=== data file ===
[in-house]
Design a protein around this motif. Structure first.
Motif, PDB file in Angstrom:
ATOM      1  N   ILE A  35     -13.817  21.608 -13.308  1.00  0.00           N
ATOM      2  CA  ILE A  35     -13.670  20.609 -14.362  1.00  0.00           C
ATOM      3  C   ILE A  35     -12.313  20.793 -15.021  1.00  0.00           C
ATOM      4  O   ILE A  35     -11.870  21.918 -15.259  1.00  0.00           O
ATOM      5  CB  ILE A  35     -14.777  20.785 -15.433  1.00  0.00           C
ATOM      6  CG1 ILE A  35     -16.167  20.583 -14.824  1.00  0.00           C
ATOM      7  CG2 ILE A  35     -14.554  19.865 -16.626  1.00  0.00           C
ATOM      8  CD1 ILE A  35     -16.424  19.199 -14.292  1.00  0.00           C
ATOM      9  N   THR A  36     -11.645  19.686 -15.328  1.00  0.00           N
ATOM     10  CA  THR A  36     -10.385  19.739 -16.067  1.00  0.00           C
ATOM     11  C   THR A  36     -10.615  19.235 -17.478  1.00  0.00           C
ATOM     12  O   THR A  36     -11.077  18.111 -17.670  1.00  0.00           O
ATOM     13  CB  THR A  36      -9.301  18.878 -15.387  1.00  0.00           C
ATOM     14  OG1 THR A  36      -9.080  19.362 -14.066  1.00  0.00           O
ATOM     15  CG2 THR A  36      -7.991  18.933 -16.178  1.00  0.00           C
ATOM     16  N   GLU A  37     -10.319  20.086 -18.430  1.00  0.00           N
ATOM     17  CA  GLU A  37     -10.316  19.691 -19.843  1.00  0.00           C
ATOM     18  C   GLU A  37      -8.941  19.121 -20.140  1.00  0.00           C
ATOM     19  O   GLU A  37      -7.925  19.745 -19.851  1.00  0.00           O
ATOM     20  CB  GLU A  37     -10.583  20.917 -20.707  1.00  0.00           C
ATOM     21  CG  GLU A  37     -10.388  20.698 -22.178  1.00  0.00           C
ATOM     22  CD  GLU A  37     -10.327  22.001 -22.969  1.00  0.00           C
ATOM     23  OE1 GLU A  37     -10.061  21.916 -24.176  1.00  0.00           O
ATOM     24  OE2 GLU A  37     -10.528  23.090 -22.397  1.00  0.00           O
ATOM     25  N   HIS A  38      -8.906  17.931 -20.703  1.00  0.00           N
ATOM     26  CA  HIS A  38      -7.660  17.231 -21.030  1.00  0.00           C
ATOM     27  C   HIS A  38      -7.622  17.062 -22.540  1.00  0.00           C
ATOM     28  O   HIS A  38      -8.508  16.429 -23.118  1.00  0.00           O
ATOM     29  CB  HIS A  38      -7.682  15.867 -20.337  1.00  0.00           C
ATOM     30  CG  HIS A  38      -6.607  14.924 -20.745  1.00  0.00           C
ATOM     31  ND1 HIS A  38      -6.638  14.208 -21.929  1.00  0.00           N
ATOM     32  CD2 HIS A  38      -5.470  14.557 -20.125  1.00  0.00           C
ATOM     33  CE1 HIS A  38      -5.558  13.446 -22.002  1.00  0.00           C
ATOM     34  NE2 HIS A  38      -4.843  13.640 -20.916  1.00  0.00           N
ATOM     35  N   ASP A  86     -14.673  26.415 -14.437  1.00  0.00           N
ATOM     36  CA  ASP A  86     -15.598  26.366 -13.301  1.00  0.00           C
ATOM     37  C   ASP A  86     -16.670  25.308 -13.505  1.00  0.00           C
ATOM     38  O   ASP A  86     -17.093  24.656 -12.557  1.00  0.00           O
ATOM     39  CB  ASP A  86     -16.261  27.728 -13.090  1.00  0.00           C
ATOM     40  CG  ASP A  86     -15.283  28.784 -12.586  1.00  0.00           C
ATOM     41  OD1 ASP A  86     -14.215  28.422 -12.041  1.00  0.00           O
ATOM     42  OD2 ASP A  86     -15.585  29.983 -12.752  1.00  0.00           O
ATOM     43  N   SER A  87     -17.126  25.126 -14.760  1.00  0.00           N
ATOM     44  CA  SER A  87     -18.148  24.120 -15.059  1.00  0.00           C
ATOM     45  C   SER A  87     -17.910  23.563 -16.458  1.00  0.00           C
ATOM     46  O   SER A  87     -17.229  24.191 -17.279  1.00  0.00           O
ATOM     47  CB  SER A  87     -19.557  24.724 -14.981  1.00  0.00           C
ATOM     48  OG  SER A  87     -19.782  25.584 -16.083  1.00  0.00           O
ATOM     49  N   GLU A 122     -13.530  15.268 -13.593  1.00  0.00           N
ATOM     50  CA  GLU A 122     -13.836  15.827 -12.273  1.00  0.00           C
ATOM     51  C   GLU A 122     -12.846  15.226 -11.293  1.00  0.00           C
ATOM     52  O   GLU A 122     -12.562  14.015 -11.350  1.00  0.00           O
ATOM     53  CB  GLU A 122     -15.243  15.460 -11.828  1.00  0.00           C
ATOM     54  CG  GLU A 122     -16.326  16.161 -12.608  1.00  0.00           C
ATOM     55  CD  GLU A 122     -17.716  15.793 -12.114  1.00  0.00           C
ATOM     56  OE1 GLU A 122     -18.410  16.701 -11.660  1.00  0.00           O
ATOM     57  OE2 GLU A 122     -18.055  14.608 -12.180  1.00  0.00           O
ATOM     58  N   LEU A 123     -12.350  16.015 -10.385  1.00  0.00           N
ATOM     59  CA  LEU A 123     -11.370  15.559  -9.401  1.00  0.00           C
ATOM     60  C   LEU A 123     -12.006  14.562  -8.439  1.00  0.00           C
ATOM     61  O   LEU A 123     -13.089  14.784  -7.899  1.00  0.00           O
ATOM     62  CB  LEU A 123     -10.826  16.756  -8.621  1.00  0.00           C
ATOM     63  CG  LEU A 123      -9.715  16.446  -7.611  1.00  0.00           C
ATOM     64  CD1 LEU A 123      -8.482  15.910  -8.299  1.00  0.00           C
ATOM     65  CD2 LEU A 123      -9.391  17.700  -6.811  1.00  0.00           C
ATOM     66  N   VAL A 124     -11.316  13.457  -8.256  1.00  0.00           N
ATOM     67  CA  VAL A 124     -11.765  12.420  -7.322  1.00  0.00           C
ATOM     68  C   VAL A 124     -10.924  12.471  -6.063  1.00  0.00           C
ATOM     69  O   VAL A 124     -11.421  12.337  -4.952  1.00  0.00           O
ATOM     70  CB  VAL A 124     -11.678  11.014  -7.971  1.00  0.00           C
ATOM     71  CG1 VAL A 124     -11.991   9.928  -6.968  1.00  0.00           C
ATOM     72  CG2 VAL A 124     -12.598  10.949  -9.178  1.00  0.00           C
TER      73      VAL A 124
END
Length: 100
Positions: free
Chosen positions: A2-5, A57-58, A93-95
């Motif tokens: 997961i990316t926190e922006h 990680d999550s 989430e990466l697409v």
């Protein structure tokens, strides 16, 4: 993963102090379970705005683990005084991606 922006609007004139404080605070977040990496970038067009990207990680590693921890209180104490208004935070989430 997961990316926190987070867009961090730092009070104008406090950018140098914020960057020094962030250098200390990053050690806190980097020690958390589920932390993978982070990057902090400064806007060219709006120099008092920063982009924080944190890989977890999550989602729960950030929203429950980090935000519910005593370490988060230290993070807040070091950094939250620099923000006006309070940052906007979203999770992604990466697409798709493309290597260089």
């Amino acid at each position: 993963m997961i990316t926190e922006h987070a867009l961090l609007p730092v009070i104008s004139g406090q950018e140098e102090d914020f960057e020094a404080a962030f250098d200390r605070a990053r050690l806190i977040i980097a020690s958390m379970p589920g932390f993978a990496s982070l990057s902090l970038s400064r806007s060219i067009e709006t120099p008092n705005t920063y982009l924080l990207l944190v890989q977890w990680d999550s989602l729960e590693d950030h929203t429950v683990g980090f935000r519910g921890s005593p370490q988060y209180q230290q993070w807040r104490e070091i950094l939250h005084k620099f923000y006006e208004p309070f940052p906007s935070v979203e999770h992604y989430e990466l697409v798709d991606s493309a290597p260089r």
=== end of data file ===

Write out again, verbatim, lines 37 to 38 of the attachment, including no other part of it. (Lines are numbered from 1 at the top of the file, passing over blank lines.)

ATOM     34  NE2 HIS A  38      -4.843  13.640 -20.916  1.00  0.00           N
ATOM     35  N   ASP A  86     -14.673  26.415 -14.437  1.00  0.00           N